Performance Management Simplified by MSPs

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Performance Management Simplified by MSPs
J. Dowling - January 24, 2001


IT infrastructure consisting of networks, servers, databases, and even parts of application systems forms a networked computing system (NCS) whose performance must be actively managed to ensure continual business support. But the skills and tools necessary to ensure that network and server systems provide adequate levels of services and performance are expensive and scarce.

Unfortunately, NCS performance management is frequently broken into a number of processes that are even more frequently well intentioned but nonetheless neglected. More often than not, an IT organization will have some form of network monitoring system, but few have network performance measurement tools. Similarly, relational database management systems (RDBMSs), server operating systems, and application system performance management is usually conducted as a part-time (often reactive) activity of the associated technology administrator. However, management service providers (MSPs) that specialize in performance management can apply expert personnel and 24/7 monitoring at a fraction of the cost required to staff the function internally.

Note: This note first appeared in a column by James F. Dowling in Mid-Range Computing. Look for other previously published Mid-Range Computing columns by Mr. Dowling at this site or visit Midrange Showcase at

What's Involved?

A comprehensive networked computing performance management program encompasses the following:

  • Architecture to establish a plan for how NCS components are interrelated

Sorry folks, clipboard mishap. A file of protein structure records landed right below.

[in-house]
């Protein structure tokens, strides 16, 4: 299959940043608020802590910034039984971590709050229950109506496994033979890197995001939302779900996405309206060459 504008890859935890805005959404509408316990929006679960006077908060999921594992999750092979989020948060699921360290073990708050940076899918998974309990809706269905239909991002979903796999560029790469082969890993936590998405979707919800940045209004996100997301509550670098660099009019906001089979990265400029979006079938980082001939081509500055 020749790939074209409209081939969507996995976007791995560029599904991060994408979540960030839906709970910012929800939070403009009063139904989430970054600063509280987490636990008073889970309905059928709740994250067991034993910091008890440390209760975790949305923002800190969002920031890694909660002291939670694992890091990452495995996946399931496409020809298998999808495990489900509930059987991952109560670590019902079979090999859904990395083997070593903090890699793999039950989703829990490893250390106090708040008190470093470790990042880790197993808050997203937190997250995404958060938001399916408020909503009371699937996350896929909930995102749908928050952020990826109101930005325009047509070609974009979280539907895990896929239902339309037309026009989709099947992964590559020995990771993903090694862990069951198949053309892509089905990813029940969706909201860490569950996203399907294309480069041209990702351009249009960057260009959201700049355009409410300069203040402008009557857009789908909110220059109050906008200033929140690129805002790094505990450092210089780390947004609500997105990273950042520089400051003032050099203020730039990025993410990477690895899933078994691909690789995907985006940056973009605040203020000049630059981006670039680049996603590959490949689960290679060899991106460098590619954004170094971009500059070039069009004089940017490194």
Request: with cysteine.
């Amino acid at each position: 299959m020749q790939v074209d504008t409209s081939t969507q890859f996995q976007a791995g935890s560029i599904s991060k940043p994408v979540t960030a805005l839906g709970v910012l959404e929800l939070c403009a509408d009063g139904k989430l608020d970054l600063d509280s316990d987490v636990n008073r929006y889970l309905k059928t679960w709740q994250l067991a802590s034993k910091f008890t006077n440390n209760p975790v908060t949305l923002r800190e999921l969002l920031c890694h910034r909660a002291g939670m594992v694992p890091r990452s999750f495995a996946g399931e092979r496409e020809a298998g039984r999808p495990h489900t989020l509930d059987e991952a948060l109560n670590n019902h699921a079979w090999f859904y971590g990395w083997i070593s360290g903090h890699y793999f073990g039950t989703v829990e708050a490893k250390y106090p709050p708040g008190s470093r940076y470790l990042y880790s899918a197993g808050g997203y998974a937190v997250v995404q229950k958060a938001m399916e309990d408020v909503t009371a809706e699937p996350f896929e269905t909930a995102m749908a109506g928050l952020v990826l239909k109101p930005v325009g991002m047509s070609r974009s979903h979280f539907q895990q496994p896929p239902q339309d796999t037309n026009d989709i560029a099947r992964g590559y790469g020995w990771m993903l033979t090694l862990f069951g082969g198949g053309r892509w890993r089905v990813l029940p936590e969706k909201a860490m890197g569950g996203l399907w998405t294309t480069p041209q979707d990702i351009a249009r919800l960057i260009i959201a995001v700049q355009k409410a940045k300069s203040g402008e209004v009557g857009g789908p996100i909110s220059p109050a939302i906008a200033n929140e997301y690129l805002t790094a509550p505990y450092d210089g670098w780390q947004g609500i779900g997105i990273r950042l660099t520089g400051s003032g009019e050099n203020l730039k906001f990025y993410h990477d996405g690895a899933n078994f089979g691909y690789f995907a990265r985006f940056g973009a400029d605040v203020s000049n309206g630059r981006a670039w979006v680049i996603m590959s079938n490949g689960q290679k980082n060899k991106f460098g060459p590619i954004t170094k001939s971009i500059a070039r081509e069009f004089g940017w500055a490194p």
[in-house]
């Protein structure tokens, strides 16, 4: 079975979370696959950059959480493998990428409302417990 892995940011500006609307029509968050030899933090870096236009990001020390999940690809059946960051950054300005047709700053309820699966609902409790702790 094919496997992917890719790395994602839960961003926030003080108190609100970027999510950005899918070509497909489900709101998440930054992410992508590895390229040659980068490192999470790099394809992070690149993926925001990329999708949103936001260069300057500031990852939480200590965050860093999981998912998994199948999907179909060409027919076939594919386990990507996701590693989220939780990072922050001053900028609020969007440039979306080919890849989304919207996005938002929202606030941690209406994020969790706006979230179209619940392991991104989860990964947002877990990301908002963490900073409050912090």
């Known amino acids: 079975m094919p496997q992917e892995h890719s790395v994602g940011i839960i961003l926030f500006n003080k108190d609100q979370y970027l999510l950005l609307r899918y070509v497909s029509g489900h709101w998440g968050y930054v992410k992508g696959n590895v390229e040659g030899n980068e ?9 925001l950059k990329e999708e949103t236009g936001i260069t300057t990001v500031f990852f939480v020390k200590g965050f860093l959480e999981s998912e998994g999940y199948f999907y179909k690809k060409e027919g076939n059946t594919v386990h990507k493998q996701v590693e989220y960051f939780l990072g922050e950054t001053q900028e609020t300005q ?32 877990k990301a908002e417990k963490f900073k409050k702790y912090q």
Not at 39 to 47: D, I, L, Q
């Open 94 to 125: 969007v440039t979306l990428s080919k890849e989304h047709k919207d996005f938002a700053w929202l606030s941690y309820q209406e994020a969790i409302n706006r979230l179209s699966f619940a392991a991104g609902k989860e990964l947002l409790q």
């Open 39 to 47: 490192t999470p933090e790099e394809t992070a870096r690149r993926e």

• Service level commitments to link NCS and business performance measures

  • Availability measures to record uptime

  • Activity measures to record resource consumption

  • Performance measures to record quality of service

  • Event management and response escalation to reduce downtime/poor performance time

  • Fault isolation to pinpoint performance fault cause

  • Capacity measures to record resource availability

  • Capacity modeling to plan for resource expansion

  • Data integration and reporting to bring various infrastructure component data into a cohesive, business-relevant picture of the NCS's historical, current, and future capacity to support business needs

NCS performance management systems are composed of knowledgeable technology administrators - who understand each of the NCS components well enough to prevent, identify, diagnose, and plan resource performance - and tools to assist them. Although performance measurement and event management tools are costly, the human resource costs make comprehensive programs prohibitive for many. This is not to say that such systems are not cost-effective. Rather, cost justification is extremely subjective, based on projected faults and business loss estimates. When coupled with high capital and human resource expenditures, such ROI presentations are not well received unless a recent catastrophe can be used as a case in point.

That's where the MSP comes into the picture. Entuity, InteQ Corporation, iSharp, Luminate, and Manage.Com are founding members of the MSP Association, a consortium of companies that will define and promote the emerging management service provider sector. Information on the MSP Association is available on the Web at; from Association headquarters at 401 Edgewater Place, Suite 500, Wakefield, MA 01880; via telephone at 781-876-8830; or by sending email to